28 episodes

Welcome! All My Relations is a podcast hosted by Matika Wilbur (Swinomish and Tulalip), and Desi Small Rodriguez (Northern Cheyenne) [previously by Dr. Keene] to explore our relationships— relationships to land, to our creatural relatives, and to one another.  Each episode invites guests to delve into a different topic facing Native American peoples today. We keep it real, play some games, laugh a lot, and even cry sometimes. We invite you to join us!

All My Relations Podcast Matika Wilbur, Desi Small-Rodriguez & Adrienne Keene

    • Society & Culture
    • 4.9 • 2.3K Ratings

Welcome! All My Relations is a podcast hosted by Matika Wilbur (Swinomish and Tulalip), and Desi Small Rodriguez (Northern Cheyenne) [previously by Dr. Keene] to explore our relationships— relationships to land, to our creatural relatives, and to one another.  Each episode invites guests to delve into a different topic facing Native American peoples today. We keep it real, play some games, laugh a lot, and even cry sometimes. We invite you to join us!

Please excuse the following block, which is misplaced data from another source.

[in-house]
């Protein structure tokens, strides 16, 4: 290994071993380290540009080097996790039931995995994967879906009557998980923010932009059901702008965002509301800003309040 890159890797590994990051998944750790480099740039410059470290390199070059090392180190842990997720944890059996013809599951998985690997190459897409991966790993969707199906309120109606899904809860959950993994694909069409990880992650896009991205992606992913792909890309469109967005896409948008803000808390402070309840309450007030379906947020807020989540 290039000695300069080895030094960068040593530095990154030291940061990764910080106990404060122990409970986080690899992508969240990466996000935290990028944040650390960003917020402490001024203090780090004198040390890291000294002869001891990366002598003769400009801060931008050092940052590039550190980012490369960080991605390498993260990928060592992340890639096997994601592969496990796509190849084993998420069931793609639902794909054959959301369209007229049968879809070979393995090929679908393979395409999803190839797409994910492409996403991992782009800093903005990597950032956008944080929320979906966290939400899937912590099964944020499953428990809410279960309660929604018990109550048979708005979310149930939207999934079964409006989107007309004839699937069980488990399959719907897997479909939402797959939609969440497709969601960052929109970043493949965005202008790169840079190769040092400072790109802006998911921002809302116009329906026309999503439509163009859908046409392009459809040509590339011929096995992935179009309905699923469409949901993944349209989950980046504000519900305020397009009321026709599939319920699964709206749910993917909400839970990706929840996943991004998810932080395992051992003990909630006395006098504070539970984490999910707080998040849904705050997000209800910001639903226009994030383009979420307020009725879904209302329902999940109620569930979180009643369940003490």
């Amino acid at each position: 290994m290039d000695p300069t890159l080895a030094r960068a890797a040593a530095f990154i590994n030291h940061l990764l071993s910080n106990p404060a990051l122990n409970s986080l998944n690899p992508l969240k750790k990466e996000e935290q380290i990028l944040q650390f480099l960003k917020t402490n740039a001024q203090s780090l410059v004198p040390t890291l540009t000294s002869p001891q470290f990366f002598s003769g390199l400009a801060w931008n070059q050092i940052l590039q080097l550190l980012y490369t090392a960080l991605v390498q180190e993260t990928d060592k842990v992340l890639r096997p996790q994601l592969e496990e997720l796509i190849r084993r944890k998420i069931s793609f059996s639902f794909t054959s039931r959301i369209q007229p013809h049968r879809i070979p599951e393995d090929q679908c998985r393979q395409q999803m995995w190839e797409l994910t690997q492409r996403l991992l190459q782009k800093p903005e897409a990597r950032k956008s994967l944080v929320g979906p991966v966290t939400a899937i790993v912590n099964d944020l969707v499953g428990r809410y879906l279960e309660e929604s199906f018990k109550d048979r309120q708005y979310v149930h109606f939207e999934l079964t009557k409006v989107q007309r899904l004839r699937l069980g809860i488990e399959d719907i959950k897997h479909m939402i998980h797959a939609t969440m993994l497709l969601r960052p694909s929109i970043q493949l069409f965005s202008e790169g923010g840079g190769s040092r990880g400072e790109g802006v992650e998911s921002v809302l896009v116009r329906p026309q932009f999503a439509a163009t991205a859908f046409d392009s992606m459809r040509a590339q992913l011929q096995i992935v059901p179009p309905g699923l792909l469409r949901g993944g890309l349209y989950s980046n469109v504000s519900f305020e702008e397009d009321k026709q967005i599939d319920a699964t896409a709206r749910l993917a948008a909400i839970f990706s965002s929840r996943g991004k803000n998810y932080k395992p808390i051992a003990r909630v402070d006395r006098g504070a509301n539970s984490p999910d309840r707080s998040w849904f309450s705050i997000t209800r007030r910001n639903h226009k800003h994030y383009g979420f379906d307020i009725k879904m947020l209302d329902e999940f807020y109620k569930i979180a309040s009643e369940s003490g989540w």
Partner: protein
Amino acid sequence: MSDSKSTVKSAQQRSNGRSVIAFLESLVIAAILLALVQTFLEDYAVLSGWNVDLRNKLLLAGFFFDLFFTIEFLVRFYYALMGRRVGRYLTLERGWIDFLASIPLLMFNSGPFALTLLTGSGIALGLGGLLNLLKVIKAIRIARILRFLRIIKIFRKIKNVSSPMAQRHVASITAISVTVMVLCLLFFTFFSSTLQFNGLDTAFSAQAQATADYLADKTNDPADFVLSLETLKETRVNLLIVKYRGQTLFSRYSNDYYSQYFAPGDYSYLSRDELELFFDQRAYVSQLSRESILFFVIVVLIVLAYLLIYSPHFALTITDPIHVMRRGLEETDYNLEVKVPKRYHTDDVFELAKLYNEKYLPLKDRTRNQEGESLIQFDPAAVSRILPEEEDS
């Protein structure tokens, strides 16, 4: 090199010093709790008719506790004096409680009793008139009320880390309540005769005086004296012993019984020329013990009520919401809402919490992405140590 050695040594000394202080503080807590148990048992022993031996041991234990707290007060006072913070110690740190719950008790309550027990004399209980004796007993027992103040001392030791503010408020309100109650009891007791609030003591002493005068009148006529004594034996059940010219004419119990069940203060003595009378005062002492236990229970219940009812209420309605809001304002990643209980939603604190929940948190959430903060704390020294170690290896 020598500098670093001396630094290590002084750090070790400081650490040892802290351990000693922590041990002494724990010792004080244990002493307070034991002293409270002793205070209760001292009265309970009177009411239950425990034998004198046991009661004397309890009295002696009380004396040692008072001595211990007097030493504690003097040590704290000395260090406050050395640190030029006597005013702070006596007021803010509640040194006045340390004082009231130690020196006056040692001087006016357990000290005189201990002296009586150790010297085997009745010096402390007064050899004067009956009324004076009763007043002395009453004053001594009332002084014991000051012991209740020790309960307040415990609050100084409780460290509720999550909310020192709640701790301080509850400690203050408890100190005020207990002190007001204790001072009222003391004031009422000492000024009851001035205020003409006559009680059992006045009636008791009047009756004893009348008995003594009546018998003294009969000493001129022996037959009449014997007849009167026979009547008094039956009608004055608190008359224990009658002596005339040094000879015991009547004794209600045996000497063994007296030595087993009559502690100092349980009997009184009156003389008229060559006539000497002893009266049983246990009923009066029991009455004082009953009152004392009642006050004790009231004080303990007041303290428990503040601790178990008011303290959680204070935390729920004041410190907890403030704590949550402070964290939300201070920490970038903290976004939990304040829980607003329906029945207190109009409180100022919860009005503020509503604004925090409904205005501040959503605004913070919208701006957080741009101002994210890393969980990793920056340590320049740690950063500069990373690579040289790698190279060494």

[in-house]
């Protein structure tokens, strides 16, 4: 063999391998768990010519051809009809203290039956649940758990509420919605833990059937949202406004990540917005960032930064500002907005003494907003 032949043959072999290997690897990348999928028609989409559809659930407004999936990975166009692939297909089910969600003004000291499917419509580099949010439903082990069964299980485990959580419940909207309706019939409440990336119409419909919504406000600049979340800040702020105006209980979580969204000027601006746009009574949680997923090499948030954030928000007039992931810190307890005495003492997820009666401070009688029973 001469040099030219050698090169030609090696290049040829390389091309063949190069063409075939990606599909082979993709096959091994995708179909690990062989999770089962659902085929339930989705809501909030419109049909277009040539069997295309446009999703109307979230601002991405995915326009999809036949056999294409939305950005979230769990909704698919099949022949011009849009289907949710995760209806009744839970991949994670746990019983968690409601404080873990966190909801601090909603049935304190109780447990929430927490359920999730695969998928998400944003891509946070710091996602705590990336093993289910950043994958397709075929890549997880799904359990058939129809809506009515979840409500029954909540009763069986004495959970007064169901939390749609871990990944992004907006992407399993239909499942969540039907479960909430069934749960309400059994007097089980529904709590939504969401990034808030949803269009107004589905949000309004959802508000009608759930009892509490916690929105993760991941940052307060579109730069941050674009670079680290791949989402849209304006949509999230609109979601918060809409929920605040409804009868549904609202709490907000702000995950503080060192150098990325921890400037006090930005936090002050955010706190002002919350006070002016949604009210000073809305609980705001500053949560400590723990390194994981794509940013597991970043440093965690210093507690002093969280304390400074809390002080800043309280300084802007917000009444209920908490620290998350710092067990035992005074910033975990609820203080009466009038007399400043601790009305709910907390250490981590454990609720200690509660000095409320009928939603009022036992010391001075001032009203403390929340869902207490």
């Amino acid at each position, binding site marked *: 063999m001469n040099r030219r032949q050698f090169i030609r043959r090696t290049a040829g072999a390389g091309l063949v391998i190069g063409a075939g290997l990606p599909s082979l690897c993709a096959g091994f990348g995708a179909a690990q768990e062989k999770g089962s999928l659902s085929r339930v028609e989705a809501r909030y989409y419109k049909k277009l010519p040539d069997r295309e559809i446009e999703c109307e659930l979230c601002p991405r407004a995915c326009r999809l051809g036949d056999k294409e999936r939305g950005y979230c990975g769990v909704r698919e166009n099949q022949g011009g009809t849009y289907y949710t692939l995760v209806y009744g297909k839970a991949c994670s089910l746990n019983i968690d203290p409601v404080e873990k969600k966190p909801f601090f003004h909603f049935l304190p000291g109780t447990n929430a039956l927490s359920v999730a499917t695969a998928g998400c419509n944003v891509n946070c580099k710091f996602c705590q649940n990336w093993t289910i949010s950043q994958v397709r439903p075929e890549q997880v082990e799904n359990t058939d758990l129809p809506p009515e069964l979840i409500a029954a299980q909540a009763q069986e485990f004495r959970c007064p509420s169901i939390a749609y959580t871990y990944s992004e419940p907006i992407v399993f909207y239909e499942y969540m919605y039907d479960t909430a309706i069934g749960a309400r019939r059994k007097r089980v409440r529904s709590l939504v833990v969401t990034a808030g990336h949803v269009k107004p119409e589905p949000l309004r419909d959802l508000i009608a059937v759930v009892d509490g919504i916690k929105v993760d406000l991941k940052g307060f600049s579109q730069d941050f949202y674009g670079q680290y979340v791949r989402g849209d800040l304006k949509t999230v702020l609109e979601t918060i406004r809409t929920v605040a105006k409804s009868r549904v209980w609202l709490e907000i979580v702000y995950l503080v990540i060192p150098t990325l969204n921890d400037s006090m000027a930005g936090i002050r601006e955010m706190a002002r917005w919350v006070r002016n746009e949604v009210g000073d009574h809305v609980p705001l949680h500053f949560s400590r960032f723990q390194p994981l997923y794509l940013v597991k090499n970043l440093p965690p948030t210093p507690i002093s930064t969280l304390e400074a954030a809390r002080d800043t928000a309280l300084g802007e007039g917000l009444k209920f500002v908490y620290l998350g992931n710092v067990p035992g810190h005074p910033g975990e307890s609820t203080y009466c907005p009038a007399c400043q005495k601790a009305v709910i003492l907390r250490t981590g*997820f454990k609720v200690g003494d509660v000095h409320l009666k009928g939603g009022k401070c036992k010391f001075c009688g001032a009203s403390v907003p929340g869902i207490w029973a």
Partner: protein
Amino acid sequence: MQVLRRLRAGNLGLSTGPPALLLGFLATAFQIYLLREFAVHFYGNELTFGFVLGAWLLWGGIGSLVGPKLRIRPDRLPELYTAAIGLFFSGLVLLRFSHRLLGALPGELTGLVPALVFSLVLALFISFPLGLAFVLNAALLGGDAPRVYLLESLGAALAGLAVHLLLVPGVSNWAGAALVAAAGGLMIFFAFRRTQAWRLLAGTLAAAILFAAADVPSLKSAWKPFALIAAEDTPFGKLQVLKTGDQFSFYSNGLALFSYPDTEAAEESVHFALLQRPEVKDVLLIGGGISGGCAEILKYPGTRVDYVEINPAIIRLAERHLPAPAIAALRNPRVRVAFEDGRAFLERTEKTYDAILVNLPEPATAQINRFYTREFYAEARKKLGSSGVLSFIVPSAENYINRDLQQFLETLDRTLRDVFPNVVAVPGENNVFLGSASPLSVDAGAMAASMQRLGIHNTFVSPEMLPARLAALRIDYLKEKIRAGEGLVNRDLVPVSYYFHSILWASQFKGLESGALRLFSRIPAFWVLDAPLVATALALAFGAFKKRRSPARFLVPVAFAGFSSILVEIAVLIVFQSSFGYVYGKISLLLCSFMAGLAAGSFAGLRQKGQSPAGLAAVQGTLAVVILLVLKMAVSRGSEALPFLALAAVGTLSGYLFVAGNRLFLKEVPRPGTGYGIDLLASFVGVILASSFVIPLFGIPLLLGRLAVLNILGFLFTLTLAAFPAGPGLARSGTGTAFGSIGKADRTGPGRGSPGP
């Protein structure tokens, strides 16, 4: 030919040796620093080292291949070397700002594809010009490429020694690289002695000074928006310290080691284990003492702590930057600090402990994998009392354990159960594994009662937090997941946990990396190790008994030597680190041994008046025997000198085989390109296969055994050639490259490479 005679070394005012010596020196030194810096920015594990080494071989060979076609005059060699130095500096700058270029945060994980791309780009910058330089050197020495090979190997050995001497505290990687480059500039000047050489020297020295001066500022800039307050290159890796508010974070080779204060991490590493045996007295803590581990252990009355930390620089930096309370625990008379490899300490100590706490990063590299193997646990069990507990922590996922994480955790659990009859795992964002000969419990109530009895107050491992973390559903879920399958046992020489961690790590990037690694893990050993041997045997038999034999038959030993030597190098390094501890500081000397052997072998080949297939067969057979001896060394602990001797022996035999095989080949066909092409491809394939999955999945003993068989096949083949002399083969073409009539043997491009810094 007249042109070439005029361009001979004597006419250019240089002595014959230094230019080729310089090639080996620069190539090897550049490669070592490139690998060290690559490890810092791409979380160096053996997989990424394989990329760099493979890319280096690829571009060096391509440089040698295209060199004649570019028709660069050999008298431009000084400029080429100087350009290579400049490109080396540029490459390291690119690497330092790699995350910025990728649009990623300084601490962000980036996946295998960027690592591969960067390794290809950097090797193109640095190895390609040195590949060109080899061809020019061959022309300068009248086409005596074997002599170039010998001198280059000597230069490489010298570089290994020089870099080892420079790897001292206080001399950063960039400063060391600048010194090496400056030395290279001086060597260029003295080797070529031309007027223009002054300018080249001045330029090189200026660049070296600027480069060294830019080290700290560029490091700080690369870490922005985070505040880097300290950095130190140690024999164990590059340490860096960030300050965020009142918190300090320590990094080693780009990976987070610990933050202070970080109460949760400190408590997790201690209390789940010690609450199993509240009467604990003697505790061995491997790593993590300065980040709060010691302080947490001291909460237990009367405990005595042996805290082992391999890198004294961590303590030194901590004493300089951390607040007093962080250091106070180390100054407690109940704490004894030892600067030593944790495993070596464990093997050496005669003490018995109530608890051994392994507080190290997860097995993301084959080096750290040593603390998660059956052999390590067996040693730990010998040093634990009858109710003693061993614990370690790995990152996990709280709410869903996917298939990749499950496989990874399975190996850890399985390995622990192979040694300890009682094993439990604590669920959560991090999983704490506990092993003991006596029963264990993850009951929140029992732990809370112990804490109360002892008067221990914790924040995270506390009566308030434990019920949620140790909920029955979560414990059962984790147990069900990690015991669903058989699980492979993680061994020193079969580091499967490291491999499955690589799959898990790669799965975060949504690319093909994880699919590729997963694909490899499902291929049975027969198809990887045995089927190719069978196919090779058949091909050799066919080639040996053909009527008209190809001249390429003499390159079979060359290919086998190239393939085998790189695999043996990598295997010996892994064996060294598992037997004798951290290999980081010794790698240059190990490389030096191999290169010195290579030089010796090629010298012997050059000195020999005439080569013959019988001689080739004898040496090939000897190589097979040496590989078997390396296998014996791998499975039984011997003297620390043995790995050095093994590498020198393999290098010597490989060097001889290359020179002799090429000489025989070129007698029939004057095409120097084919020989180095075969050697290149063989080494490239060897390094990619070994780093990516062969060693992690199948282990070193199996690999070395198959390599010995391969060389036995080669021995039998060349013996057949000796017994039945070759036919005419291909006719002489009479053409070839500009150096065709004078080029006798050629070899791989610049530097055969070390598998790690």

Protect Indigenous Women

    Protect Indigenous Women

    Since the onset of colonization Indigenous women have experienced violence with reckless abandon, today it is a public health emergency. Traditionally, many of our Native societies are matrilineal but settler colonialism has disrupted our traditional value systems. These shifts have tragically contributed to the epidemic of violence we see committed against our women and Two Spirit relations. The issue is systemic and this episode discusses how we must hold systems and people accountable. 
    Mary Kathryn Nagle (Cherokee) is a playwright and lawyer with Pipestem Law, a firm dedicated to legal advocacy for the safety of Native women and tribal sovereignty. She represents families of victims and has testified before Congress for the Violence Against Women Act (VAWA). Her perspective on the legal issues regarding MMIW expounds how tribal sovereignty and jurisdiction is so important in combatting the crisis. She also explains how political participation and allyship is necessary to fight subversive systems which propagate violence.